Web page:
Wednesday, November 9, 2011

The Fuzz Speech

This video is just so freaking cool. Cool enough to get a repost on my blog. If you're curious at all about how the human body works and the importance of stretching you should definitely watch. Don't get fuzzy! Keep On Moving!

Who Doesn't Love A Cute Baby Video

I love this video. I'm not quite sure why I love it so much, but I've watched it about 10 times. I guess I find the message really beautiful. The video, shot to demonstrate the principles of the Feldenkrais technique, shows a baby moving through it's first year of life. When developing movement patterns, a baby starts small, investigates and explores, takes rests, gradually develops the support, refines the movement, and later moves on to bigger things. I think this is a helpful reminder to adults, no matter what sort of movement practice we have. So often clients expect to start with advanced exercises, but it's so essential to first explore the building blocks that make up that movement or exercise.


Wednesday, March 30, 2011

Nice Article on Alexander Technique

I recently found this interesting article on NPR about the Alexander Technique. My first experience with Alexander Technique was when I was around 15 years old. I was at Interlochen Arts Academy and I heard that some of the music students were taking AT lessons to improve their practice or to get some relief from chronic pain. Intrigued, I signed up for a lesson and I remember how I felt afterwards. I felt a sensation as if I were floating; walking seemed effortless; I felt taller; more relaxed; and amazed that one session could do so much with what seemed like such little physical exertion. I am not an Alexander Technique teacher but it certainly has influenced my teaching and my own movement practice. When working with someone with chronic pain or tension, I think it is important to look at 'why' and 'how' it got there in the process of trying to fix it. For example, if your shoulder is chronically tight you can stretch it as much as you like, but you also need to bring some attention to your usage on a regular basis or your shoulder is going to end up tight again. Awareness behind movement is what creates change as the study in the article shows.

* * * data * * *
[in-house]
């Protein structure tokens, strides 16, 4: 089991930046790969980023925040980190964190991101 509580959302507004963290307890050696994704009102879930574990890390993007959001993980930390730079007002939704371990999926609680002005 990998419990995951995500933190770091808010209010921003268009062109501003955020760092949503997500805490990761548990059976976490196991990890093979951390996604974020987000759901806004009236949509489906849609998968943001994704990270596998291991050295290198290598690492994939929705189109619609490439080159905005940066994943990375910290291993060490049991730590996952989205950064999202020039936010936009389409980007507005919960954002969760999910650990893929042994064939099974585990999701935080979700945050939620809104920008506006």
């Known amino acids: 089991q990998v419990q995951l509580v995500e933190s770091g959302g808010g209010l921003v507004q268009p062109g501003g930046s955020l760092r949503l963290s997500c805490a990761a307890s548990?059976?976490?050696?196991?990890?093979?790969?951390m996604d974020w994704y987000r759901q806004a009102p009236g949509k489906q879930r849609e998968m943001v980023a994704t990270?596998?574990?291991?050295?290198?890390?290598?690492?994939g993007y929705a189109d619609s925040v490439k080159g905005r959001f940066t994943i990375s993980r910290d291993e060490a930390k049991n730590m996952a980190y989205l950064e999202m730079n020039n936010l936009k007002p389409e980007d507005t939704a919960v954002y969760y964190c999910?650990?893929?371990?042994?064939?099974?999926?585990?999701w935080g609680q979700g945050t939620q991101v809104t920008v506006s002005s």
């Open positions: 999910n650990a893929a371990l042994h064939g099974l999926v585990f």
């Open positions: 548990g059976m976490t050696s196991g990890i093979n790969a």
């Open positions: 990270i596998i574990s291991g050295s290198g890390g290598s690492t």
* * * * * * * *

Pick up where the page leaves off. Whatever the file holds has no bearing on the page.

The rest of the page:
Monday, February 28, 2011

What constitutes an intermediate class?

Today, 10 minutes into my level 2 (intermediate) yoga class, a new student (to my class) popped his head up from uttanasana and asked me, "This isn't the level 2 vinyasa flow is it?"  I responded "yes" and he responded back in a puzzled manner, "but it's so different from the class I took Saturday."  It was easier than he expected.  An employee of the studio explained to me after that the sat. class he was referring to is a strong power vinyasa flow (even though it has the same label as mine).  There are many teachers at this studio and everyone has their own interpretation for what the levels are and unless we were each given a specific syllabus to follow there's always going to be variation.

This really made me wonder what constitutes an intermediate class?   I've always thought that an intermediate class meant you could give the student a bit more freedom (since they have a basic understanding of the asanas and practice) and offer more sophisticated instruction.  For instance, I've gone back to taking very simple classes, and I find that there's so much to understand even in the simplest of movements.  Going back to simpler asanas/movements allows me to go deeper into the postures and still gives me a challenge both mentally and physically.  Can you teach a class of basic asana vocabulary and call it intermediate?   Are some asanas inherently more advanced?

Thoughts anyone??

Saturday, February 26, 2011

What do you enjoy most from a class?

Hi everyone!    I am developing a new class and want to hear from you about what you enjoy most from a class?  This can be certain movement, pacing, structure, atmosphere, or anything else you can think of.  The class is in its infant stage, but will likely combine movement from different modalities, ie. yoga, pilates, modern dance, bartenieff, etc. 

I really appreciate your help!  :)